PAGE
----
How I dug myself out – and stay out – of debt (mostly)

Mirror, mirror on the wall… let’s talk about debt.

Debt can be an interesting little mirror. To your peccadillos. Your addictions. Your obsessions. In the early 90s, I was obsessed with 18 hole Doc Martens and CK One. Because I wanted to be Winona Ryder. (Don’t laugh.) But I was earning minimum wage, wearing a kilt and serving Guinness to foreigners.

Cue a store card.

That innocuous piece of plastic set the tone for my 20s: jol now, pay later. Only I was too young and naïve to get that the cost of “pay later” was more than just a few more rands and cents.

“Pay later” meant ending my 20s in a debt hole that mirrored obsessions involving beer, travel and first generation mp3 players. I don’t regret the travel, but I regret finding myself trapped in another country by the money I owed on booze and boogying. And having to spend a whole year paying off credit cards and choosing jobs for the cash rather than the career. And all in a country that’s perpetually grey.

And it meant I entered my 30s with no savings, no investments and no assets.

It was a rough lesson.

On the upside, I’m now allergic to store cards.

Am I debt free? Hell no. I’ve got a mortgage bond and car finance. But I’m comfortable with what that mirror shows me. And I work hard to make sure my penchant for ale and apps doesn’t dig me another hole. Here’s how.

  • I watch my spend. (Note: 22seven is a whizz for this). If the latest obsessions – sushi, shoes – start cranking up, I limit myself. I’m also pretty brutal now about differentiating between whether I want or need something. I’m no ascetic – in fact, I’m a borderline hedonist. But I’ve stopped buying (some of the) crap I really don’t need.
  • I only have one credit card. And it has a low limit. One I can actually pay off each month. I honestly don’t understand why people have more than one card, unless they are inviting debt. One card, that limits me to short term debt I’m comfortable with managing, works for me.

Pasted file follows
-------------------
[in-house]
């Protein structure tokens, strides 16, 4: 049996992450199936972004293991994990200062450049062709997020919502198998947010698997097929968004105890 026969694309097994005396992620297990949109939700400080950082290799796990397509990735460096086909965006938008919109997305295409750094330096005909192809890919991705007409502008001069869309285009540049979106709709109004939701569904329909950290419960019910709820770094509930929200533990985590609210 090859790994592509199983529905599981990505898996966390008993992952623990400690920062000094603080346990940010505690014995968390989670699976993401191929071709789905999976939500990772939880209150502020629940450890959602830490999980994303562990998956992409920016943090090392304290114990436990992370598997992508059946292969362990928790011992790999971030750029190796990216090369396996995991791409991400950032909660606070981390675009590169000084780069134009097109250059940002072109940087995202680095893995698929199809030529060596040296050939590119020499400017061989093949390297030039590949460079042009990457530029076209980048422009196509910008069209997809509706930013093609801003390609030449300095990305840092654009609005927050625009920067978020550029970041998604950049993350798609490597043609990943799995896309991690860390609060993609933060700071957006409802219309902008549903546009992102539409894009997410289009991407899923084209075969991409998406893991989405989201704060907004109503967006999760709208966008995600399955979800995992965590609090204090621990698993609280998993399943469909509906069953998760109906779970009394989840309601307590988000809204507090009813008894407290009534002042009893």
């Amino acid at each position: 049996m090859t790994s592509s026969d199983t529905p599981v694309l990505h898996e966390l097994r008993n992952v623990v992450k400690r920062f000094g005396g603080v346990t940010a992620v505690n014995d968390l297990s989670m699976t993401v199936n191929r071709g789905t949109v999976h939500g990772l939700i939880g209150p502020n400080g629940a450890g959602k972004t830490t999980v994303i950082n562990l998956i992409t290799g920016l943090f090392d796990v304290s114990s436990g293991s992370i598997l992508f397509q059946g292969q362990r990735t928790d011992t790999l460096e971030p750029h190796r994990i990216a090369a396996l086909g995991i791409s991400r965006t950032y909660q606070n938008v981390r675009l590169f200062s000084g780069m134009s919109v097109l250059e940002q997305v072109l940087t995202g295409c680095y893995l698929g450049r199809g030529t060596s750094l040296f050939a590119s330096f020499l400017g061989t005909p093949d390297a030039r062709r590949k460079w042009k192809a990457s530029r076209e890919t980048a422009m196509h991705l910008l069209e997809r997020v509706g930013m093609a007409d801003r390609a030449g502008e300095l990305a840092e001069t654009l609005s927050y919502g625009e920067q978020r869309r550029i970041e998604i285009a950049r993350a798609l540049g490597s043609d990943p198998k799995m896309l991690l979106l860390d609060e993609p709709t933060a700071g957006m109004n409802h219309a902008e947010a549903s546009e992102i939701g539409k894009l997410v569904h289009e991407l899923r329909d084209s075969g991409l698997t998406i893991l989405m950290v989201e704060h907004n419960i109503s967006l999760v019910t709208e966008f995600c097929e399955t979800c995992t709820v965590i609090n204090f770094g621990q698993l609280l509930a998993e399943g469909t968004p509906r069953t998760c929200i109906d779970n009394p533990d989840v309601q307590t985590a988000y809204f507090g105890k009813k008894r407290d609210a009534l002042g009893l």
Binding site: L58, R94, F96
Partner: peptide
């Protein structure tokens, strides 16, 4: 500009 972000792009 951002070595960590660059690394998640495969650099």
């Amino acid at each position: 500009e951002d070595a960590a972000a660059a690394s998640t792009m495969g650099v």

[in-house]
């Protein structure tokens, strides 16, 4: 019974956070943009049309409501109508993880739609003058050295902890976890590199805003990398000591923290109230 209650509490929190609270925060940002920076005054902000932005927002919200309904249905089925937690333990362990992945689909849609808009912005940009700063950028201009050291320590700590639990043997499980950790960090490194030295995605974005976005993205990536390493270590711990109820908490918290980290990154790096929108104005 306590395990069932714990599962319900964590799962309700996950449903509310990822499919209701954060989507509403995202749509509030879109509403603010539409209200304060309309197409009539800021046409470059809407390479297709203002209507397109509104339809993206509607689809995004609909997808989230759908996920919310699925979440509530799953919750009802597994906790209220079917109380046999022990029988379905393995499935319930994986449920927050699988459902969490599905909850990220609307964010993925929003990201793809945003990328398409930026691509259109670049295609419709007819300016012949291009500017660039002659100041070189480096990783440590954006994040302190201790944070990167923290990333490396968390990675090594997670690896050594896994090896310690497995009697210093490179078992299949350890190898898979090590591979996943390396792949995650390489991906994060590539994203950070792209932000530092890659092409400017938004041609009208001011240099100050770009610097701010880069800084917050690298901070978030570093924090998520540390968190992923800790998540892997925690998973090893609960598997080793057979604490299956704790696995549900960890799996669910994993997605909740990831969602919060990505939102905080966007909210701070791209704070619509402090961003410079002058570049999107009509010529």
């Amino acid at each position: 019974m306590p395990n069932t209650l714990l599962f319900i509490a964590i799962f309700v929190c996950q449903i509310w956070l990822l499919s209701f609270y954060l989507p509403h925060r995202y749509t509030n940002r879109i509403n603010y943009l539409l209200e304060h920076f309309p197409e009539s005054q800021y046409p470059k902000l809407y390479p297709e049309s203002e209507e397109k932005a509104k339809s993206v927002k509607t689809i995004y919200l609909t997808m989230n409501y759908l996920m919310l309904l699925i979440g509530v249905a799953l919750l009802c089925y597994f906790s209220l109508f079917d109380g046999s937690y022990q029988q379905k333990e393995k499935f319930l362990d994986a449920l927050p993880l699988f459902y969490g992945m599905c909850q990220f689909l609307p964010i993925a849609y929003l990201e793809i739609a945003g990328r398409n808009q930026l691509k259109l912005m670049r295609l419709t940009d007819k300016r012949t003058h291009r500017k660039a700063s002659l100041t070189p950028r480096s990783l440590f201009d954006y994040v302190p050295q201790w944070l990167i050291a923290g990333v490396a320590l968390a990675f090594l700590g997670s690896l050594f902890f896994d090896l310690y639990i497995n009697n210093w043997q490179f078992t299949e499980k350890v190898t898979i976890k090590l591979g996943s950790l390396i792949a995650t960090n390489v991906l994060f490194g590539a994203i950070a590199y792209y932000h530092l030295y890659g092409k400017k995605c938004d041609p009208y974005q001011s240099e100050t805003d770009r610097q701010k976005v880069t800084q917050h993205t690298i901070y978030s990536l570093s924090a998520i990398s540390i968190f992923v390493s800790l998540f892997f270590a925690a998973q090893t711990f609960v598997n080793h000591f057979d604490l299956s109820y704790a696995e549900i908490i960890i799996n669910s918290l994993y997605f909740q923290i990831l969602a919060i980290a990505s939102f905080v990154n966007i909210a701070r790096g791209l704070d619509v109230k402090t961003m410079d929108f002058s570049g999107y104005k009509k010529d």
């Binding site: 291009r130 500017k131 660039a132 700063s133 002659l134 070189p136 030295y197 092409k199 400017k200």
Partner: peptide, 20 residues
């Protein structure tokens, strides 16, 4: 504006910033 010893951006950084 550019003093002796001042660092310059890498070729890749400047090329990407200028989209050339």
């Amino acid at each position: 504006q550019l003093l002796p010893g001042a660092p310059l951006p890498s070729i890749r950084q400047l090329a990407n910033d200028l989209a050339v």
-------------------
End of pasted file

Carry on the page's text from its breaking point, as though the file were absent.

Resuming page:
• I save a little each month towards “big, unexpected shit”. Because I watch my spend, I know that the “big, unexpected shit” is usually house or car related. Roof repairs, new tires, a security upgrade. And it happens every year. And it used to screw me. So now I plan for it.
  • I have a “one in, one out” policy. If I buy anything, I have to throw something away. I started doing this primarily to deal with the clutter in my house. But unexpectedly it also made me think hard about what I was buying. Which meant I bought less. Winning.
  • I’m not afraid of good debt (vs bad debt). There’s a great explanation here of good vs bad debt. I’ve racked up debt to buy my house, start my own business and study further. All of which has paid off. But it’s not just about increasing economic net worth. For me, some debt is worth it if it increases my “experiences” net worth. Like travel.

I know that all of the above might make you want to gnaw out your own eyes with the very dullness of it all, but consider this: what is your debt saying about you? Is it reflecting scatter cushions and seasonal sales? Or Bali and building a business? I honestly don’t care what you spend your money on, but kidding yourself that the stuff is worth the real cost is just silly. It just makes the hole a little more comfortable.

Originally written for 22seven. 

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